A senior nursing consultant in Essex has advised that mums and mums-to-be should consult informal Facebook groups if they need any urgent advice about their young children or their pregnancy – this can often be far quicker than getting a considered opinion from a qualified health professional.
Andrew Gabble, head of the Younger Years Health Consultation Consortium in Essex, said, ‘While contacting your GP may be the first idea that springs to mind if you have a concern about your young child’s health or your pregnancy, you should also remember that more than 29 million mothers, mothers-to-be, and women who happen to know mothers currently belong to Facebook groups that provide helpful advice – whether or not you actually ask for it. Whatever your concern may be, there will always be someone who has been through exactly the same thing with their own kids, along with other people who have probably read about it in Take A Break or something.’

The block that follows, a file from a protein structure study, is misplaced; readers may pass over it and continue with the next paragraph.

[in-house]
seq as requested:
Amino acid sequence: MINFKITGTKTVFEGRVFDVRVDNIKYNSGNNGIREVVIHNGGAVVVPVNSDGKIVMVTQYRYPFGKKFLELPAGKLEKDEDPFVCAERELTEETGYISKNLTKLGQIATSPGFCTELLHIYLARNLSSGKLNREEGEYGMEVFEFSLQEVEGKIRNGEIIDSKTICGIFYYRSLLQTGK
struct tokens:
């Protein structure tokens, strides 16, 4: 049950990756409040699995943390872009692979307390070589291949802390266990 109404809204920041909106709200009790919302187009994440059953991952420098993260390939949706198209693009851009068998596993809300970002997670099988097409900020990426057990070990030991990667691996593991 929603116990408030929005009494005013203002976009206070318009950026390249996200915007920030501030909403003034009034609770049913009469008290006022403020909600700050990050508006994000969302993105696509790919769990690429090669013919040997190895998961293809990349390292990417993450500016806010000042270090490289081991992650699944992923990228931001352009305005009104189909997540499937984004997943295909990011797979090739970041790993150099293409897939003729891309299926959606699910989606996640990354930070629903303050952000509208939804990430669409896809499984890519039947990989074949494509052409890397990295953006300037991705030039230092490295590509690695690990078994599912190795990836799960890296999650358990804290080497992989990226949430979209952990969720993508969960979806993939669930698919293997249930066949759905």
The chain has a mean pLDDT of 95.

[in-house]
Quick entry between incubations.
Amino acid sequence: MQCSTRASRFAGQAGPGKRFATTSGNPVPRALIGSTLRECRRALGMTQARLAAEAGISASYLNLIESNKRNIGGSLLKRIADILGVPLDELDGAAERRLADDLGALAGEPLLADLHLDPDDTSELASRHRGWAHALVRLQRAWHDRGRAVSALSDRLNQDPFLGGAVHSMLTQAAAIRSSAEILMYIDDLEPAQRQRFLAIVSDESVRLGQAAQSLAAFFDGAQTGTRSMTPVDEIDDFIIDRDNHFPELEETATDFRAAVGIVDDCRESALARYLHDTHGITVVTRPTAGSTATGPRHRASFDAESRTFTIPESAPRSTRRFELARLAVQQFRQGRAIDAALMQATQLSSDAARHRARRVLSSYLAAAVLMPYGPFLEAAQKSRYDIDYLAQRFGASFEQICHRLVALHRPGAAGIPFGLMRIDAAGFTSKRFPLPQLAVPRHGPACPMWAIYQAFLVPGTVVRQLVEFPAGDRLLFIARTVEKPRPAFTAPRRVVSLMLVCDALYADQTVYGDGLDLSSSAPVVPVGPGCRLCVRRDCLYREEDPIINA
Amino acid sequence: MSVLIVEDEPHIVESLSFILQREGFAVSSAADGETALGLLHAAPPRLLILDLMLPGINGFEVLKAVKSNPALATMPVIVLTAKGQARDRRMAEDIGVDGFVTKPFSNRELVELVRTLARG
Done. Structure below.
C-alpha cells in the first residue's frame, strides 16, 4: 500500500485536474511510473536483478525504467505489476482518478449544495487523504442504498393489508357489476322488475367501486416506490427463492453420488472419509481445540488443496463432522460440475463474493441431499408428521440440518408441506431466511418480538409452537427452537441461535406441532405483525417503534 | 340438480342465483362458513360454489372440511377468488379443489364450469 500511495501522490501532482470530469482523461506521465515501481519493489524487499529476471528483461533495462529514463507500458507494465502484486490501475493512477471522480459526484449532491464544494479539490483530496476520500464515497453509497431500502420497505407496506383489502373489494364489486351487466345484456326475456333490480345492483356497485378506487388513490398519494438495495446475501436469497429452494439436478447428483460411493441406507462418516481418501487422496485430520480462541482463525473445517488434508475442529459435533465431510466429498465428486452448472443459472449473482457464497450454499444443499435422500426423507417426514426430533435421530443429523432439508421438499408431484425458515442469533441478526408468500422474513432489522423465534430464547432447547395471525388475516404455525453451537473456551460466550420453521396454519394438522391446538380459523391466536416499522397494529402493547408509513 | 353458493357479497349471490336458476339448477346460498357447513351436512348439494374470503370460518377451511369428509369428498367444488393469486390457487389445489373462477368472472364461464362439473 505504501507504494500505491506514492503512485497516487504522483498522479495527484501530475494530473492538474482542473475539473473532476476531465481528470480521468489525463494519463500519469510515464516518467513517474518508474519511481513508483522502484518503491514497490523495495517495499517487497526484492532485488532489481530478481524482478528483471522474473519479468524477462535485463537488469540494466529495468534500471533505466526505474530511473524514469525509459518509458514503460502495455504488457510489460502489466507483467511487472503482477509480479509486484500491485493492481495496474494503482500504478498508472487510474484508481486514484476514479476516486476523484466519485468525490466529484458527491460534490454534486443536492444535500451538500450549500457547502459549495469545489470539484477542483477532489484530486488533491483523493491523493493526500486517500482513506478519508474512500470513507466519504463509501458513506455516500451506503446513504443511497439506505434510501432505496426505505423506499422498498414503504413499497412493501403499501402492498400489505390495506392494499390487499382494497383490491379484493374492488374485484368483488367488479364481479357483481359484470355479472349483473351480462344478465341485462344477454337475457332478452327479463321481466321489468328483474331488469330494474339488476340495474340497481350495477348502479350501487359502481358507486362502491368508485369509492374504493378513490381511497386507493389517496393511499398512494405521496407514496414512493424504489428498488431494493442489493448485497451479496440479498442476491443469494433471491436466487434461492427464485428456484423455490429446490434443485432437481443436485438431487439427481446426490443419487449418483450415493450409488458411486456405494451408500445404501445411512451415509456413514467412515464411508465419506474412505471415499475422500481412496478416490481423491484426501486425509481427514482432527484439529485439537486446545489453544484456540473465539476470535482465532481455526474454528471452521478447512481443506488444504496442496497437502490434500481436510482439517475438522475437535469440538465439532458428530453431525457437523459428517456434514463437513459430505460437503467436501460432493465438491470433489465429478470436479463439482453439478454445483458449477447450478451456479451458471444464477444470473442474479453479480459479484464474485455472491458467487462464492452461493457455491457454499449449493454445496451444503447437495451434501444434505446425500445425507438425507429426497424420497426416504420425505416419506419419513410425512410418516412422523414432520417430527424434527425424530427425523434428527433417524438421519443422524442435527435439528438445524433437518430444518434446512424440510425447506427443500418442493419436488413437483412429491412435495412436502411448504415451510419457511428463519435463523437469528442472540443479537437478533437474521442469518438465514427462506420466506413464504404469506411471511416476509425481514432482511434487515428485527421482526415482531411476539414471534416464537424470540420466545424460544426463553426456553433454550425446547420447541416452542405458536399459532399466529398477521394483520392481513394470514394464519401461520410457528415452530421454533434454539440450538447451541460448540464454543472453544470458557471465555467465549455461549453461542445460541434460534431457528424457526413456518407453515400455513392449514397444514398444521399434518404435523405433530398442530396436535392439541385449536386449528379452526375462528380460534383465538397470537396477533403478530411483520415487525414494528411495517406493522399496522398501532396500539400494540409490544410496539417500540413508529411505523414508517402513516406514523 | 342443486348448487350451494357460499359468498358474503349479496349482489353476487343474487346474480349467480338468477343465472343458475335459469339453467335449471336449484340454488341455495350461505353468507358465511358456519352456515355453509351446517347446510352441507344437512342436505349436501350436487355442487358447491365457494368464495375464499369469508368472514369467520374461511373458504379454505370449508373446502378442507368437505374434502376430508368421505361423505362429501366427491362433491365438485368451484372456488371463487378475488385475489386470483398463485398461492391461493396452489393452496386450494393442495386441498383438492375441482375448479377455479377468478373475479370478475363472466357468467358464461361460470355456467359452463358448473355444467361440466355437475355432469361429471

He added, ‘Even if you already have kids of your own, the laws of social media dictate that anyone with one child more will have total and absolute intellectual superiority over any opinions that you may have already – regardless of the level of grammar and spelling on display. Also, you can share photos if you wish to give further information about your child’s condition, and as an added bonus other group members can use this image to make other observations about your general ability as both a mother and a general human being.’
Shelly Del Monte, a mother of 13 from Westcliff, is one of the most active members on the ‘Babies and mothering advice in SOUthend for Mummees’ Facebook group. She said, ‘Young mummies shouldn’t worry about other people on Facebook thinking things about them when they post things about their kids’ health things – we have more than 1000 posts a day and we are all really chatty. Unfortunately we can’t have any daddies posting on there as we all use our kids as our profile pics and they could download them – I can’t put my kids in danger.’